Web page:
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What is Financial Literacy

What is Financial Literacy 2019-05-10T17:32:11-07:00

What is Financial Literacy?

To answer the important question, “What is financial literacy,” let’s define each word individually. The word finance applies to “any dealings with money.” Then, literacy refers to “knowledge or competence.” Therefore, when put together Financial Literacy means, “Knowledge and competence of how to deal with money.” When people are financial literate, they understand financial topics. However, this does not mean they will make right decisions when it comes to managing their money. Driven by sentiment and systems, their financial behaviors play an important role in their overall financial outcomes.

Financial Literacy Definition

The financial literacy definition developed by the National Financial Educators Council:

Possessing the skills and knowledge on financial matters to confidently take effective action that best fulfills an individual’s personal, family and global community goals.

Decisive What is Financial Literacy Approaches

Critical What is Financial Literacy Operations

Definitions of Financial Literacy

“Financial literacy is a combination of financial knowledge, skills, attitudes and behaviors necessary to make sound financial decisions, based on personal circumstances, to improve financial wellbeing” (Australian Securities and Investments Commission). http://www.financialliteracy.gov.au

“Personal finance describes the principles and methods that individuals use to acquire and manage income and assets. Financial literacy is the ability to use knowledge and skills to manage one’s financial resources effectively for lifetime financial security. Financial literacy is not an absolute state; it is a continuum of abilities that is subject to variables such as age, family, culture, and residence. Financial literacy refers to an evolving state of competency that enables each individual to respond effectively to ever-changing personal and economic circumstances. The combination of knowledge, skills, attitudes and ultimately behaviors that translate into sound financial decisions and appropriate use of financial services.” – The Center for Financial Inclusion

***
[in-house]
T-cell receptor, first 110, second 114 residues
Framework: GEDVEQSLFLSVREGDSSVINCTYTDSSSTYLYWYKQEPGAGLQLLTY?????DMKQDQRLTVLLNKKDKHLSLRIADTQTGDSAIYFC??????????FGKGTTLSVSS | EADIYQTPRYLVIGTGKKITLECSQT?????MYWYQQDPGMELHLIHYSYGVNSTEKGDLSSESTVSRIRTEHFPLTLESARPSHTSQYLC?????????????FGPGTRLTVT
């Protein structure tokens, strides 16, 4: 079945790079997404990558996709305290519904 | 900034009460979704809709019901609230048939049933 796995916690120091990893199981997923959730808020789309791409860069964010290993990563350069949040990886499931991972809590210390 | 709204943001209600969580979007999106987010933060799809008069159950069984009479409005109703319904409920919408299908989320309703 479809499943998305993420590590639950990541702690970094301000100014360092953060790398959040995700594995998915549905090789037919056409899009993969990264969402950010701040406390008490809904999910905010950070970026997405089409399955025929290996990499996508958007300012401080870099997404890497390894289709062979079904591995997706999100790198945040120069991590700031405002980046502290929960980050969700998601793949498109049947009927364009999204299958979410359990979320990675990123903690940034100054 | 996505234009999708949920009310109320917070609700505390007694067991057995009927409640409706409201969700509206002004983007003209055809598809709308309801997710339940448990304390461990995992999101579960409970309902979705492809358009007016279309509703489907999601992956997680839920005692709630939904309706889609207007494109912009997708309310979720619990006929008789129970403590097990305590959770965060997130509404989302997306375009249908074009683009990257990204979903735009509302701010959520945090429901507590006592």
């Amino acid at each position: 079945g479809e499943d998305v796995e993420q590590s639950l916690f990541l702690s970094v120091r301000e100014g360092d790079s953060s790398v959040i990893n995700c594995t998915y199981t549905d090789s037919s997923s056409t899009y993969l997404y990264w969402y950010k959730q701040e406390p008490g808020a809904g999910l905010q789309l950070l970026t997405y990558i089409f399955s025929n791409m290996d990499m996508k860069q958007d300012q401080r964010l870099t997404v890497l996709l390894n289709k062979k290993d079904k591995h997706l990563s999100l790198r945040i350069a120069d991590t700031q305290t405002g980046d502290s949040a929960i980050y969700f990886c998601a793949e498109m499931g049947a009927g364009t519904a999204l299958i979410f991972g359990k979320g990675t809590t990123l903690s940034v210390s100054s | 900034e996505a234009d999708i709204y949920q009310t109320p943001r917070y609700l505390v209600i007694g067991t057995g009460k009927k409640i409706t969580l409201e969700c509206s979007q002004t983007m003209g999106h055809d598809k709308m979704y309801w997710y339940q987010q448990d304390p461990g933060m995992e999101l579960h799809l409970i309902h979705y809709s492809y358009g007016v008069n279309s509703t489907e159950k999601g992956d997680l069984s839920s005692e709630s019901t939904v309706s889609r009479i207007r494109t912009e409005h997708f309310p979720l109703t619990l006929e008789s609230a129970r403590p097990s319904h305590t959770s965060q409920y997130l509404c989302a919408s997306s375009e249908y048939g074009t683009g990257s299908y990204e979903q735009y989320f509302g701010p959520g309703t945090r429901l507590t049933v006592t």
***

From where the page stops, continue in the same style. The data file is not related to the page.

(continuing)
“A level of financial knowledge and skills that enables individuals to identify the fundamental financial information required to make their conscious and prudent decisions; and after the acquisition of identified data allows them to interpret said data, make decisions on their basis, all the while assessing potential future financial and other consequences of their decisions.” (National Bank of Hungary, 2008).

“The ability to read, analyze, manage, and communicate about the personal financial conditions that affect material well-being.” (National Endowment for Financial Education). https://www.nefe.org/

Design of What is Financial Literacy Applications

Aspects of a Good Financial Literacy Program

Modification of financial behaviors is the result of proper financial literacy education efforts. Education in personal finance must adopt well-researched delivery methods and program practices in order to maximize the potential for positive behavior molding of students. Multiple papers have shown personal finance knowledge to be associated with positive financial habits that support the long-term financial goals of an individual. Those looking to implement financial education within their communities should be aware that only when done right can the benefits of financial literacy be recognized.

A study undertaken in the Dominican Republic compared two distinct approaches to financial literacy: a standard accounting curriculum and a rule-of-thumb training that taught financial heuristics and found that the simpler rule-of-thumb training produced a larger effect in firms’ financial practices and made them more likely to keep accounting records, forecast monthly revenues and objectively report financial figures (Poverty Action Lab). https://www.povertyactionlab.org

The Financial Literacy and Education Commission (FLEC) states that building public awareness of educational resources is the first step a program should take to ensure that its carefully crafted materials are implemented in communities (Financial Literacy and Education Commission). https://www.treasury.gov/

Forming the Habits of Financial Literacy

A research study analyzing the effects of parents’ values on children found a statistically significant positive association between parent’s savings rates and children’s savings rates (Journal of Economic Psychology). https://home.uia.no

An additional year of schooling increases the probability of having an investment income by 4.4% for whites and 1.7% for blacks (Harvard Business School). http://www.people.hbs.edu